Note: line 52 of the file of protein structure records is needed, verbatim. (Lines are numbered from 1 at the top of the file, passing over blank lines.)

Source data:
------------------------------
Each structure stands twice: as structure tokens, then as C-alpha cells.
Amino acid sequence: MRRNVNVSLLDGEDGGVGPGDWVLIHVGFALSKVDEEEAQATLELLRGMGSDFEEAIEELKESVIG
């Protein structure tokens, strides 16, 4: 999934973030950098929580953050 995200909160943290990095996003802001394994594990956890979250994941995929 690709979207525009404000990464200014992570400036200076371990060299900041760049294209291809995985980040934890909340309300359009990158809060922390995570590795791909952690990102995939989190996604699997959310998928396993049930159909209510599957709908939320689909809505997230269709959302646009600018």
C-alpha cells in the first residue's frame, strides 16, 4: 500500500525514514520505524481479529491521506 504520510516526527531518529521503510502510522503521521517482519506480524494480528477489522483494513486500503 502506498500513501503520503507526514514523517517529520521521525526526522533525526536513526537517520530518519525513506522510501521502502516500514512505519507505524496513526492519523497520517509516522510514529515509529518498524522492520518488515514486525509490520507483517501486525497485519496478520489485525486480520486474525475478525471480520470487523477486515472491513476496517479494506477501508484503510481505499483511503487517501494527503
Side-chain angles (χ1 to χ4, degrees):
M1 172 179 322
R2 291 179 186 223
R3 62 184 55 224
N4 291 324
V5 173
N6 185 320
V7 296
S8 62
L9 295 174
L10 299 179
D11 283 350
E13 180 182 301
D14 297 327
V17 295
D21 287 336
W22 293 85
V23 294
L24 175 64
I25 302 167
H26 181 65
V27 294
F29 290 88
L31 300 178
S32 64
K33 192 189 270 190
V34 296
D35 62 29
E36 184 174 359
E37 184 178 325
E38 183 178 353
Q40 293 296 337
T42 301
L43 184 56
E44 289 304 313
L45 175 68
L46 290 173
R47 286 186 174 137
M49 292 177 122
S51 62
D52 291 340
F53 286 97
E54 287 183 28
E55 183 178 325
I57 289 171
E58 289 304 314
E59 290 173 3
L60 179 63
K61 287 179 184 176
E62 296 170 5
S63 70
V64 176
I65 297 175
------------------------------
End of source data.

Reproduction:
L60 179 63